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Adorning the World: Art of the Marquesas Islands

Kjellgren, Eric, with Carol S. Ivory (2005)

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Heilbrunn Timeline of Art History (2)
Adorning the World: Art of the Marquesas Islands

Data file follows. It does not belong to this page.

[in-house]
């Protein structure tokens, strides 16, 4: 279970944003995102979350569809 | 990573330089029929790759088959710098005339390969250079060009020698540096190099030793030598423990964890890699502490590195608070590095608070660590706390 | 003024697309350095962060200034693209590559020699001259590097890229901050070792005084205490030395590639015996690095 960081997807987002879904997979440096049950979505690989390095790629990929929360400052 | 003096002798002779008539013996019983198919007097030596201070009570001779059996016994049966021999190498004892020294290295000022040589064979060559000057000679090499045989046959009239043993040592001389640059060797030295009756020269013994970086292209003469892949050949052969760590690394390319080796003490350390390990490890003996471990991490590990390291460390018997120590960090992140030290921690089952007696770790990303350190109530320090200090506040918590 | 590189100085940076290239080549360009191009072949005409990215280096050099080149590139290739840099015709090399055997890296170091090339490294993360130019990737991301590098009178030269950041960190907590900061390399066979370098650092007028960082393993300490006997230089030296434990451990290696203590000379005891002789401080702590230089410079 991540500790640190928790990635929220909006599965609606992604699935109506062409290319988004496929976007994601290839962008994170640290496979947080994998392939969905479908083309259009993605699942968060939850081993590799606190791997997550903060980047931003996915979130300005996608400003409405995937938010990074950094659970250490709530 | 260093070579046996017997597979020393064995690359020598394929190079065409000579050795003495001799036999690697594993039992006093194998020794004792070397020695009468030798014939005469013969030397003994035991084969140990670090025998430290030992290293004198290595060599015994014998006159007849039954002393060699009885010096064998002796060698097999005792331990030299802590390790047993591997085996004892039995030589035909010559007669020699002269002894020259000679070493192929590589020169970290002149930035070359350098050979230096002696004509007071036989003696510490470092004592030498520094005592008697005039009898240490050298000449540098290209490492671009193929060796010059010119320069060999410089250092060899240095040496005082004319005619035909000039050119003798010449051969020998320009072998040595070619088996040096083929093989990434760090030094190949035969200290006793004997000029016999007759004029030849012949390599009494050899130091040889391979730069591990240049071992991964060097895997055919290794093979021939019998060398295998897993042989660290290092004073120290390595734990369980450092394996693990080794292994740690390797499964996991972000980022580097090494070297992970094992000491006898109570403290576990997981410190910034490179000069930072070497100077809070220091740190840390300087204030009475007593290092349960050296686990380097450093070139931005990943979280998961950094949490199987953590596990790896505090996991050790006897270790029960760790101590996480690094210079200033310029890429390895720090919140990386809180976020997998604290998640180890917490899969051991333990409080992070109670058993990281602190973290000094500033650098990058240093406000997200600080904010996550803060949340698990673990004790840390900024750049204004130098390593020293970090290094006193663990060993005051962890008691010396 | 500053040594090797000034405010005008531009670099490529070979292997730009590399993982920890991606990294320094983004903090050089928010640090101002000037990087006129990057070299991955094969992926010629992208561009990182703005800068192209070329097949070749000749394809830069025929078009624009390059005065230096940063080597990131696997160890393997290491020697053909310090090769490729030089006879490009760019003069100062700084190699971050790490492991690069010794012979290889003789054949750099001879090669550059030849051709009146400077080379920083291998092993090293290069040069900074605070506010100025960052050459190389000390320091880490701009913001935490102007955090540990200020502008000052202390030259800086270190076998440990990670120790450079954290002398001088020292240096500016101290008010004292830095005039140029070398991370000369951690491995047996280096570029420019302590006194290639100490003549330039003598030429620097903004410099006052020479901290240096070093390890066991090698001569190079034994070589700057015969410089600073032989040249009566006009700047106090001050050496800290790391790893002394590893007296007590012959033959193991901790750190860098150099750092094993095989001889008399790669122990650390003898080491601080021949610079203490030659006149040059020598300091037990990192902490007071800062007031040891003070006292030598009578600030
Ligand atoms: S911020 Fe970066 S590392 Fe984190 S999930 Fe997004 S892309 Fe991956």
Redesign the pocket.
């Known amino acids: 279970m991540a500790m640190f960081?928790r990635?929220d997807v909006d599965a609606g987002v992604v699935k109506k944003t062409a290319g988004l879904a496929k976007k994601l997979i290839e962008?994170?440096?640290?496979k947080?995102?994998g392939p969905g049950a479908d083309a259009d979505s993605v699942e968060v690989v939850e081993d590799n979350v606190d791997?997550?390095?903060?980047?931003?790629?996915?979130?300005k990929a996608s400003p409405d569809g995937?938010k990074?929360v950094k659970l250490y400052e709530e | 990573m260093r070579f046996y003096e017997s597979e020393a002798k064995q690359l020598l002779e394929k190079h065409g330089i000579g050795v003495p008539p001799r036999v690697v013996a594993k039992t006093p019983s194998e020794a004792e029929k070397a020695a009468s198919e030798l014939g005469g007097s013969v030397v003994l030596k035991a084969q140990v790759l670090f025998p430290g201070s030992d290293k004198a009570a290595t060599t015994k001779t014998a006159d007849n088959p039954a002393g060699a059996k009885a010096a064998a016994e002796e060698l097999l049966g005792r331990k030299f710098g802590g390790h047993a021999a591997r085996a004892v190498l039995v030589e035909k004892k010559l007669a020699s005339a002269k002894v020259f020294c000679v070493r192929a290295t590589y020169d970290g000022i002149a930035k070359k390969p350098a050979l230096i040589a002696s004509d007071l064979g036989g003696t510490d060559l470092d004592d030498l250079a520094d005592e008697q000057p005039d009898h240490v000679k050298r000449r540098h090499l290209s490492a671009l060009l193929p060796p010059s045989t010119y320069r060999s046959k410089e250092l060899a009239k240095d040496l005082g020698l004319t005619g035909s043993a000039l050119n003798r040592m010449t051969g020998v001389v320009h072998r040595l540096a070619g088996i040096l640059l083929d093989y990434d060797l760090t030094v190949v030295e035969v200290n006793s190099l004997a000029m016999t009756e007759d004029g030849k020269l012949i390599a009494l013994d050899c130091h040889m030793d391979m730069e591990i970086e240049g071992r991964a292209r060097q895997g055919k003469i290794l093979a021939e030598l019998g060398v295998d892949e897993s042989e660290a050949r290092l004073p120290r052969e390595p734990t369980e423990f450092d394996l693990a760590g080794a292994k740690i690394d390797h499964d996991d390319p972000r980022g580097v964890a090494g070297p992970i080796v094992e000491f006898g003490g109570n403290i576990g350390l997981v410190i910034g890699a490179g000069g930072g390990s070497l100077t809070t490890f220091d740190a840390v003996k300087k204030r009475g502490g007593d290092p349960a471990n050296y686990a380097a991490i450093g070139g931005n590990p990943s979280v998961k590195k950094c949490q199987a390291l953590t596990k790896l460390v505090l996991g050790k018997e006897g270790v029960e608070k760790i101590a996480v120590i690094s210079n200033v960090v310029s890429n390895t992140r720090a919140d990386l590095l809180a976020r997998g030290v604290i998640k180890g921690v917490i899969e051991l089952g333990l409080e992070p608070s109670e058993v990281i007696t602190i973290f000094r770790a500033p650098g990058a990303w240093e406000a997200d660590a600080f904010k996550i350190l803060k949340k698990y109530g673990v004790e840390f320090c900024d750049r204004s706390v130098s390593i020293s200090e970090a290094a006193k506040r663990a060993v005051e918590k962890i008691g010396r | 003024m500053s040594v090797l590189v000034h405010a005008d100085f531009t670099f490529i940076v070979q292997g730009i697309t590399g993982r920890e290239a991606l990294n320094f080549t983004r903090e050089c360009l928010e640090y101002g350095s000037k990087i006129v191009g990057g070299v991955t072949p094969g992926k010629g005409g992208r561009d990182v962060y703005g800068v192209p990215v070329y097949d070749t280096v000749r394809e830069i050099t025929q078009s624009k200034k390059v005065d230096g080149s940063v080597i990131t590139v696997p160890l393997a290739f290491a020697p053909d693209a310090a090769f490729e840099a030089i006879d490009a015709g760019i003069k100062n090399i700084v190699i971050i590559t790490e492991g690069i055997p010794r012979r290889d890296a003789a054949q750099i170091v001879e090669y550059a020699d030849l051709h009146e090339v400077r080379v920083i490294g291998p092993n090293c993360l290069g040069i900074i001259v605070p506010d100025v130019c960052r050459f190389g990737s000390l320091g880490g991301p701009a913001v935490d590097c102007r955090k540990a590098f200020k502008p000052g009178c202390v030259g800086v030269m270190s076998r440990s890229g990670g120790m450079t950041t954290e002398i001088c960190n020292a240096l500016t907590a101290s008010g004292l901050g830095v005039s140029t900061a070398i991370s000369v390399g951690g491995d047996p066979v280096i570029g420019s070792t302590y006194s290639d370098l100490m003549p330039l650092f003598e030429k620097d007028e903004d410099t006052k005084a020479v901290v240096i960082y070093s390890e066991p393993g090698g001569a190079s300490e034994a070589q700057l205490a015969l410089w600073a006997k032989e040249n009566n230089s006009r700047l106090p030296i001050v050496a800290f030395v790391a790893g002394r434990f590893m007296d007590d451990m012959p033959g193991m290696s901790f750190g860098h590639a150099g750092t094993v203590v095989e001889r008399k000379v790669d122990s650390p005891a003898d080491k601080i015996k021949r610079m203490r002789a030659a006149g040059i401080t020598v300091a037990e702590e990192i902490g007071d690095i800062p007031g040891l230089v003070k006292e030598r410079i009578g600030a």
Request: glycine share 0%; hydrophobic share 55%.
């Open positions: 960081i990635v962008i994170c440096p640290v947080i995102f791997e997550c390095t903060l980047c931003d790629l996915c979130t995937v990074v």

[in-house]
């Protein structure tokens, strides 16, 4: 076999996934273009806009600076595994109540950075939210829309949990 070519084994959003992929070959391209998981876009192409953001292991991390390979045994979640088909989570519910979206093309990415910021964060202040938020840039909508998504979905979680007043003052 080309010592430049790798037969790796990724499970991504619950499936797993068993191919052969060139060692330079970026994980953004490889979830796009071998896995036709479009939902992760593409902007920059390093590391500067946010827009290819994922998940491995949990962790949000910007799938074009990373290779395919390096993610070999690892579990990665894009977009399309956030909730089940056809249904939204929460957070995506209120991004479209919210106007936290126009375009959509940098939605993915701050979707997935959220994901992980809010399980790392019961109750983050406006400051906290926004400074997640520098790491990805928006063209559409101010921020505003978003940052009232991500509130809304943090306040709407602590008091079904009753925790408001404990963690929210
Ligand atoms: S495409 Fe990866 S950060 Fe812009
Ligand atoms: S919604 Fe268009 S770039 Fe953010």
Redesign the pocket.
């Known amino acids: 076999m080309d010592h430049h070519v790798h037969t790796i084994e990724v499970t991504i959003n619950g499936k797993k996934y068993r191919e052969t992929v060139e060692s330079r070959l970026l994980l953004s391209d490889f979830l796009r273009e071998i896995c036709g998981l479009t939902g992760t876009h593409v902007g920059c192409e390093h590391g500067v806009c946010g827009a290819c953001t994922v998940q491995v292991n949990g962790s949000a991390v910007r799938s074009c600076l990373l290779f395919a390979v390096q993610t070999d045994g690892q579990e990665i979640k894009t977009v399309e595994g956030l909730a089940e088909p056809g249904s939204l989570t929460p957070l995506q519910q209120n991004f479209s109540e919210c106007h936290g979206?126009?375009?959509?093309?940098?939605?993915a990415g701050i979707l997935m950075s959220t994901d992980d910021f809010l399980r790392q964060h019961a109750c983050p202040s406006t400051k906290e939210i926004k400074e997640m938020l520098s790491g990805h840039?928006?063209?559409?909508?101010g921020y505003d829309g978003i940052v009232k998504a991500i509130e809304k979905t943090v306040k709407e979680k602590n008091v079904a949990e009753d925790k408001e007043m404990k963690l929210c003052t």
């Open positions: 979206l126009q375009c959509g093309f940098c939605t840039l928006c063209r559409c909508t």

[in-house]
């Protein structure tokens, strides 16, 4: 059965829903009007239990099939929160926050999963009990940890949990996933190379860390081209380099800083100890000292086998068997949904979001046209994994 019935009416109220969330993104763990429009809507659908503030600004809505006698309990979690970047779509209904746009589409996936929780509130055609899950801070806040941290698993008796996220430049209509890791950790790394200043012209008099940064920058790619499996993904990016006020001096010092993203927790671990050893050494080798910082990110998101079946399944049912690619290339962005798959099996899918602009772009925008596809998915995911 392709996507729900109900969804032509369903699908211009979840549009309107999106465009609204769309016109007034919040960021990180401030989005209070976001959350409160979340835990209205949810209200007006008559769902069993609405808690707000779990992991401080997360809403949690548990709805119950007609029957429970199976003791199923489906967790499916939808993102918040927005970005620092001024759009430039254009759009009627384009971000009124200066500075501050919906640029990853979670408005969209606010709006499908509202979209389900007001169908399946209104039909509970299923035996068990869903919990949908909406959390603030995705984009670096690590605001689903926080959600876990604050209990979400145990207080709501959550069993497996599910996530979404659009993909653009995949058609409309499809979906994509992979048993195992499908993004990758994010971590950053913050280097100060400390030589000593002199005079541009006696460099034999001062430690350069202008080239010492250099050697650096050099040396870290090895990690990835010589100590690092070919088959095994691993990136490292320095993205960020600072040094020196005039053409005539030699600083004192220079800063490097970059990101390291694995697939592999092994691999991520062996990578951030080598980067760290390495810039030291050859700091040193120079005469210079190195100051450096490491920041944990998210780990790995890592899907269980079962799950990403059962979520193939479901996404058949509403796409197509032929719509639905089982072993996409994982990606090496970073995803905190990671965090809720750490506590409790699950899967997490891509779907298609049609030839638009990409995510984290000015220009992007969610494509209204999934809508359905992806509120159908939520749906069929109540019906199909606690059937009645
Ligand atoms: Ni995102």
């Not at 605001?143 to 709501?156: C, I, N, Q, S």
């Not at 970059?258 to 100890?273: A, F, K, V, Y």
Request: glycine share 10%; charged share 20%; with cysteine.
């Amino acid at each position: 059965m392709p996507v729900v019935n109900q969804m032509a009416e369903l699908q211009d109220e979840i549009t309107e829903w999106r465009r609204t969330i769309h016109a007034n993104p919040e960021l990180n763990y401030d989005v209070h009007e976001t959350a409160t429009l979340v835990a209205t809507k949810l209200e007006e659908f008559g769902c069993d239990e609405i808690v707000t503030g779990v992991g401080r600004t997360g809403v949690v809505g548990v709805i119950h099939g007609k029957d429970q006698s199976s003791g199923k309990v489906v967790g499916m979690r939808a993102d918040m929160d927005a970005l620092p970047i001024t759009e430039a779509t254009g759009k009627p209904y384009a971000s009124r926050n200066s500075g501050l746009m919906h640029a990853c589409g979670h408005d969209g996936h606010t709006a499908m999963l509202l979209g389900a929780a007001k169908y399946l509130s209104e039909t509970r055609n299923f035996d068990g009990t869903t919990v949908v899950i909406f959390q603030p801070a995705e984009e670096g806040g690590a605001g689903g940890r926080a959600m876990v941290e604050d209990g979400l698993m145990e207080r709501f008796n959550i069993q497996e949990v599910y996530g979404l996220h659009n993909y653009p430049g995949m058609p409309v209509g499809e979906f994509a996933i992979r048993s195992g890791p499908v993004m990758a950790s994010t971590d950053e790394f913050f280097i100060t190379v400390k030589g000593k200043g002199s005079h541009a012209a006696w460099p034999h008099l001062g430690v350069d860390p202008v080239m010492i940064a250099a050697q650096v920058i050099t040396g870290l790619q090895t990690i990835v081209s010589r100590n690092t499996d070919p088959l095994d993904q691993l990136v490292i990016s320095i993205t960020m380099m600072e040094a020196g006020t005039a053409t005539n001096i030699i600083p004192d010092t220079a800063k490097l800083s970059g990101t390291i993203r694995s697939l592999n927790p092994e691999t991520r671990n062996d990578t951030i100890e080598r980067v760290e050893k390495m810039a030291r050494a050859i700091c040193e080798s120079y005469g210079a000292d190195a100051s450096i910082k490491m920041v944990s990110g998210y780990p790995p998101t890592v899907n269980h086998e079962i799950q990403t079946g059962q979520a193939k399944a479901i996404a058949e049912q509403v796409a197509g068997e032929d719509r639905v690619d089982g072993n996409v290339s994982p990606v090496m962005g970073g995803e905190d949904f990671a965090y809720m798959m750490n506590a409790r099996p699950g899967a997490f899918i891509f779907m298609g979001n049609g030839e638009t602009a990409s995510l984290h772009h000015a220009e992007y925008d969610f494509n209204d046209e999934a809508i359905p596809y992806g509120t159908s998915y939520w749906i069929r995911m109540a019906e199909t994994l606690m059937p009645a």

Located in the South Pacific some eight hundred miles northeast of Tahiti in French Polynesia, the Marquesas first became widely known in the West as the setting of Herman Melville's first novel Typee, based on the writer's personal experiences on the islands after he jumped ship from the American whaler Acushnet in 1842. Today, the Marquesas are perhaps best known as the final home and resting place of artist Paul Gauguin, whose later works often include imagery inspired by Marquesan sculpture and designs. Long before Gauguin ever painted there, however, the Marquesas were a world adorned. Known for its elegant stylization of the human form and intricately decorated surfaces, Marquesan art encompassed a remarkable diversity of materials and forms. From mundane items to sacred images of gods and ancestors, artists richly embellished virtually every type of object they made. Art in the Marquesas was created to honor the archipelago's diverse deities and ancestors, decorate the bodies of its people, and adorn the objects employed in daily activities. It pervaded virtually every area of sacred and secular life.